5 Tips for Writing in Kindle Worlds

Kindle WorldsSorry I’ve been MIA for a while. With four new releases since May — CLEAVED, BLESSED MAYHEM, HACKED, and FRACTURED LIVES — I’ve had a crazy schedule. Getting involved with the Kindle Worlds made it even worse, but it’s one of the smartest moves I’ve made. The experience has been both exciting and nerve-wracking as there’s a learning curve to writing in these worlds. Several folks have asked me about the process and how Kindle Worlds work, so I figured I’d veer away from my usual type of post to answer those questions and offer a few tips on how to write another author’s story world. For readers, perhaps you’ll find a behind-the-scenes look interesting.

Tip #1: How to Get Involved

The wording on Amazon reads as follows…

Kindle Worlds is a publication platform where you choose a licensed World, read the Content Guidelines for that World, write your story, upload that story, create a cover, and click through a publishing agreement with Amazon Publishing.

But getting involved isn’t that easy. Sure, you could go this route, but that doesn’t mean you’ll be welcomed into the World by the other authors. It’s misleading, at best. In order to truly get involved with a Kindle World, you need to be invited in. Otherwise, some may view you as a hijacker. I can’t say anymore than that without breaking confidences. Sorry. Also, if you do go direct without an invitation, your book won’t release at the same time as the others, which is where the real benefit comes into play. You also won’t be entitled to any bonus money or special royalty rate.

Tip #2: Read the Kindle World BooksBlessed Mayhem

Read the other books in the Kindle World. Specifically, the head author’s books. In my case, before I wrote FRACTURED LIVES I read Elle James’ Montana SEAL Daddy, because that book had the characters I wanted to include in my story. This may sound like a no-brainer, but you’d be surprised how many writers try to skip the basics. It’s also helpful to read your fellow authors’ books. Many of these Kindle Worlds have a slew of New York Times and USA Today Bestselling Authors involved. By reading how they merged the head author’s characters with their own is immensely helpful.

Tip #2: Voice

Nail the voice of the head author’s characters. Take your time with this step. While you’re reading about the characters you want to include in your story, make note of the characters’ mannerisms, slang, body movements (how they carry themselves, for example), speech, favorite sayings, etc. By using key details in your story it helps to blend your book into the overall series.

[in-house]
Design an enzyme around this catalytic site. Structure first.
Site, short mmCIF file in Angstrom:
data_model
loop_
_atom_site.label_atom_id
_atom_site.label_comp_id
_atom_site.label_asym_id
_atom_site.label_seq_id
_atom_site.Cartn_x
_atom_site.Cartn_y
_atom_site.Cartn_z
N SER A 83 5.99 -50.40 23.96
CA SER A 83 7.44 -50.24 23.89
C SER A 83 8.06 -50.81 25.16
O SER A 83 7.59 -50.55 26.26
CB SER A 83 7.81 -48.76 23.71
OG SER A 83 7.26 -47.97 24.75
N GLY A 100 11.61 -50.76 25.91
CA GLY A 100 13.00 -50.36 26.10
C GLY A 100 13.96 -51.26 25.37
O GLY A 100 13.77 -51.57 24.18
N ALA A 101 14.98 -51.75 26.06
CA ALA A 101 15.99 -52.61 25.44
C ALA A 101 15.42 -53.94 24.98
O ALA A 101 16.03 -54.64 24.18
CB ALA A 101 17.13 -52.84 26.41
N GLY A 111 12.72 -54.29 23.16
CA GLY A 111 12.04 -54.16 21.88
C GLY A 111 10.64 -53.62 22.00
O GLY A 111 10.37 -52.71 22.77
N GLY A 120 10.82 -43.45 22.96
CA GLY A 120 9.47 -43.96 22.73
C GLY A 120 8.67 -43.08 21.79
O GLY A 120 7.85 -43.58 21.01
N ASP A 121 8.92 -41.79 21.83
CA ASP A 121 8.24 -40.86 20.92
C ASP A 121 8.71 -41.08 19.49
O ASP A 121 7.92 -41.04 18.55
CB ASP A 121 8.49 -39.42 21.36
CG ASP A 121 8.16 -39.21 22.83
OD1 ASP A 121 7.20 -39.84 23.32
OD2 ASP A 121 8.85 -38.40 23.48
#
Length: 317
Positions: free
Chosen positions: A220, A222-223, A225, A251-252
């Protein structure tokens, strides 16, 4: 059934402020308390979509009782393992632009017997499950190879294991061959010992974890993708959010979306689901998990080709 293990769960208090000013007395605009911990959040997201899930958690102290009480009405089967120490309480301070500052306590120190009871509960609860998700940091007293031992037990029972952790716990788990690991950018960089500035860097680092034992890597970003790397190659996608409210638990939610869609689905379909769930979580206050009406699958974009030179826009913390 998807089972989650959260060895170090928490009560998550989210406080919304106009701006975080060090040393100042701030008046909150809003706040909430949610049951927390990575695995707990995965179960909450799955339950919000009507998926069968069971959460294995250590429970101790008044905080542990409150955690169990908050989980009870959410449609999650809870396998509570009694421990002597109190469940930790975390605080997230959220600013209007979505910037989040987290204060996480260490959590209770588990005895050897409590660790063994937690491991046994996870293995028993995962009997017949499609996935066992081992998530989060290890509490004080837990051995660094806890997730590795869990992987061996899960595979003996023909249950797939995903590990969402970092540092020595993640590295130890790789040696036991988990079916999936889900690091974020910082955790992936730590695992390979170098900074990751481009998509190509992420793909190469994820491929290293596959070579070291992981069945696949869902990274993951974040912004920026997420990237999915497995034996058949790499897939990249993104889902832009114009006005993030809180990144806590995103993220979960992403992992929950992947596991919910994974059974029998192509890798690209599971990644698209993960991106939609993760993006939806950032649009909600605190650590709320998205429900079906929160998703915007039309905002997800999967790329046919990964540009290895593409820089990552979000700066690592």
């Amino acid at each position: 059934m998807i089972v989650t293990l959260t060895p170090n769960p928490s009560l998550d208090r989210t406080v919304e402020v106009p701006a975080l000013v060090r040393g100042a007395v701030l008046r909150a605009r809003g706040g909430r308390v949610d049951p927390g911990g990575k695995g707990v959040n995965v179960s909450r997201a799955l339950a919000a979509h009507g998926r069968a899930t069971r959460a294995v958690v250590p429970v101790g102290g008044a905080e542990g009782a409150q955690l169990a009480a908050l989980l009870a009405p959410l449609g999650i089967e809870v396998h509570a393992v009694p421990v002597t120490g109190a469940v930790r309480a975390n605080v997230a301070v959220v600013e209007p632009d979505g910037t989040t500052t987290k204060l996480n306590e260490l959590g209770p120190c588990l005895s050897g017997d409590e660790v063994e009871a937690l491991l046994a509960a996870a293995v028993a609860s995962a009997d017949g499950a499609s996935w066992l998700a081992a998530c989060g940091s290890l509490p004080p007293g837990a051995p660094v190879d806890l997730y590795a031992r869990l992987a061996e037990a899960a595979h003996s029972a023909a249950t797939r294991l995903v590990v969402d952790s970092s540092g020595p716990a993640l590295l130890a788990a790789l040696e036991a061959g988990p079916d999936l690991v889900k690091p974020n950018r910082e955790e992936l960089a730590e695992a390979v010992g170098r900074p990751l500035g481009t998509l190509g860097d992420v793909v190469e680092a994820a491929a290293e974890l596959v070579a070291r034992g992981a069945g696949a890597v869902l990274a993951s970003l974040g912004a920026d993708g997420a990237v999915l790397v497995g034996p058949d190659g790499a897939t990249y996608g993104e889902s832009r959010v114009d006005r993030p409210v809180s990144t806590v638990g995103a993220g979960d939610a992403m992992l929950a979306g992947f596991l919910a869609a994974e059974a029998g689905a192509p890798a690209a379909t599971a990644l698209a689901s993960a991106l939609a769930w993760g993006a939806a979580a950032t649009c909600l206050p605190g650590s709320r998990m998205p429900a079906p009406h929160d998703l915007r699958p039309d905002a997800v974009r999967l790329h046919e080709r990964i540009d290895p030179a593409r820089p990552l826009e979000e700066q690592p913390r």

Tip #3: Blending Genres

If you’re writing in a predominately romance-themed Kindle World, then perhaps you shouldn’t include a cannibal in your story. Just sayin’. However, I do believe in remaining true to who you are as a writer. If you usually write psychological thrillers about serial killers, then don’t suddenly pen a gushy romance with a happily-ever-after ending. You may end up with a lot of disappointed fans. In other words, stay true to your brand. A better way to blend genres, and this is only my opinion, is to tone down the blood and gore a bit. You can still write a book that’ll keep readers on the edge-of-their-seat without graphic crime scenes. Though, admittedly, they’re not nearly as fun. I had to find a comfortable middle. In HACKED I focused on cyber crime murder, which wasn’t overly graphic but still terrifying, considering it’s not only possible for a serial killer to hack a car but proven. In FRACTURED LIVES I let my inner serial killer run free. I can only tame the beast for so long!

Most of the Kindle Worlds stem from authors who write either romance or romantic suspense. This is why it’s so important not to skip Tip #1. Does the head author write romantic suspense that revolves around a crime? Bingo. If you’re a crime writer like me, you’re golden. Find your middle ground, and go for it.

Kindle Worlds: 5 TipsTip #4: Self-Publish or Traditional

Are Kindle World books self-published? No, though at times it does feel that way. Kindle Worlds is its own publisher. What does that mean? You are responsible to pay for your own cover and editing. Most of us use proof-readers rather than content editors, because the stories are much shorter than a novel. They usually run around 25K words. But, and this is the cool part, if you upload on time, Kindle Worlds pays you a bonus, which covers your costs, with some left over. This isn’t an advance against royalties. It’s a thank you for doing your job well and acting like a professional so all the books release together and on-time.

There’s no need to format your manuscript into an ebook, or put in the copyright page. Kindle Worlds does it for you.

Kindle Worlds, like any other publisher, determines the price of the book. Most novellas are priced at $1.99. Anything over 50K words are priced between $2.99 – $4.99. They also control when books go on sale, and most times the author isn’t even notified. The cool part is, even when they put your book on sale, you get royalties for the full price. They also handle marketing the book, but since your name is on the cover, you should still do your part.

Tip #5: Characters & Contracts

Blending your existing series with Kindle Worlds. This is a biggie. The exposure is fantastic, and I highly recommend it. However, if you choose to do a crossover novella from your original series, you must set the Kindle World story in a place different from your series or the publisher can stake claim to ALL the books in your series. The contract wording is skillfully handled. Better to send your characters on a work trip like I did in HACKED, or on vacation like I did in FRACTURED LIVES, or come up with another reason why your characters are in an unfamiliar setting — an FBI character could travel without too much trouble — than to risk any claims to your entire series.